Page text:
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New version of hacker tool on the loose

Security experts warn SubSeven is a major threat to a Windows PC  

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Powerful piece of software

Easier to use

RELATED STORIES, SITES icon



(CNN) -- A new tool for malicious hackers is making the rounds on the Web. It can allow someone access to just about anything on your computer -- even cameras and microphones. It also makes cyber-pranks far easier than before.

Download a program written with this new software tool and there's virtually nothing a malicious hacker can't do with your computer.

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"He or she can access your files, monitor your key strokes, move your mouse around the screen, capture your screen," said Kevin Poulsen of SecurityFocus.com. "If you have a Webcam, they can monitor what's going on in your room. If you have a microphone in your computer, they can listen over the microphone, so it's complete power."

Powerful piece of software

The Trojan Horse program is called "SubSeven." A new version was released about a week ago. Hackers have written an incredibly powerful piece of software.

Files that contain code written with the malicious program might masquerade as an attachment to an e-mail, like the damaging "I Love You" virus. Or you might be enticed to download a picture or a video, like the recent "Naked Wife" virus.

The software would then lie dormant on your computer until activated zombie-style by a remote command. Your computer could then be hijacked. Not only is your personal data at risk, but your computer could be tricked into sending out thousands of messages in an attempt to overwhelm a Web site. That's called a denial of service attack, a technique used successfully against sites like CNN.com, Amazon.com and Yahoo! last year.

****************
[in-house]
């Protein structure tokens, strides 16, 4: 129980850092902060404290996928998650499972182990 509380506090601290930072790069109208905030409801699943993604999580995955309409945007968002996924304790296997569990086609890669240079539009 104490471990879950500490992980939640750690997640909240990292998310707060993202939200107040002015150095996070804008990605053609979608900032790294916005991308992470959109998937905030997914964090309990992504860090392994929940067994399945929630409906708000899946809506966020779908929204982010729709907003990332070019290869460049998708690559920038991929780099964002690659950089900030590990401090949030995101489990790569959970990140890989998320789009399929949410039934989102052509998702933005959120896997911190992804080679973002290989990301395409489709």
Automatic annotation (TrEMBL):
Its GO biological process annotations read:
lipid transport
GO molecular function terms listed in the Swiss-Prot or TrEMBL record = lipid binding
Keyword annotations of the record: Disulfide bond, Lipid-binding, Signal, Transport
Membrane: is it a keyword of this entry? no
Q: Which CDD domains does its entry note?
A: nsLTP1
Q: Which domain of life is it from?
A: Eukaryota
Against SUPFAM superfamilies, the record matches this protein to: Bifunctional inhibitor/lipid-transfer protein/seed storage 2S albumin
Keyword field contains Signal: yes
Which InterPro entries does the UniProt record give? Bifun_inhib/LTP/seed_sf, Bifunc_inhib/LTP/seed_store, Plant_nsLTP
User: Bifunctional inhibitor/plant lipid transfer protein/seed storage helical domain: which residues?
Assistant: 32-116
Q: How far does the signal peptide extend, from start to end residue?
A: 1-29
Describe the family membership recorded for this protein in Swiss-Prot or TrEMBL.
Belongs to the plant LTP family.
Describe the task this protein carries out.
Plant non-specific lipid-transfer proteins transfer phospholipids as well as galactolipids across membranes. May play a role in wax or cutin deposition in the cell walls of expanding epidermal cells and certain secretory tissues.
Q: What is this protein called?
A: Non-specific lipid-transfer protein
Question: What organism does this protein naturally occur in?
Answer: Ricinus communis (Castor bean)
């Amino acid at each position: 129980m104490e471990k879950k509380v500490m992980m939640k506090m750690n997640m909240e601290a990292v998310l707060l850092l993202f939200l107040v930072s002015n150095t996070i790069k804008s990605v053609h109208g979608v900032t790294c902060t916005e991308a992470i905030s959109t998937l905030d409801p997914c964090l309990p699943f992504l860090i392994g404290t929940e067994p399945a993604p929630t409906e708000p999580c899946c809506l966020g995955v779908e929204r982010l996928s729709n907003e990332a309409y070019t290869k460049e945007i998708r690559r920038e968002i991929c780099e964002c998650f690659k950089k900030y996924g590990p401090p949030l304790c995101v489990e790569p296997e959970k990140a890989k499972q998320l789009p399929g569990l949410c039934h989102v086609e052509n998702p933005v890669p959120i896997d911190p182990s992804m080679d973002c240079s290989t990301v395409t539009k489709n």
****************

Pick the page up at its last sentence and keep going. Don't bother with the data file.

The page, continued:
Easier to use

The new souped-up SubSeven makes that kind of scheme harder to foil. Experts say it's harder to trace the author, and because the software allows you to create variants, it's harder to protect against. And worst of all, security experts say that it's easier to use.

"It makes it so easy that it's going to lower the bar and make it simpler than ever before for ordinary Internet users to do something really malicious," said Poulsen.

Security experts say it's unlikely that an average computer with dial-up Internet connection would be a target. But anyone with a high-speed connection like a cable modem or DSL phone line is advised to update their security and anti-virus software often.



RELATED STORIES:
Hacker unleashers updated backdoor program
March 15, 2001
Security center issues antihacker tool
March 13, 2001
Study: All Net users vulnerable to online fraud
March 7, 2001
Virus may steal AOL users' passwords
February 1, 2001
Analysis: Understanding viruses
January 30, 2001
Hacker attacks: You can never be too safe
November 1, 2000

RELATED SITES:
Wired News
 • Beware the Computer Zombies
IDG.net
 • World organizations urge sharing of security info
 • Updated backdoor program increases danger
 • NIPC warns of holiday cyberattack
PC World.com
 • Security Experts Warn of Updated Trojan
 • Safeguard Your System

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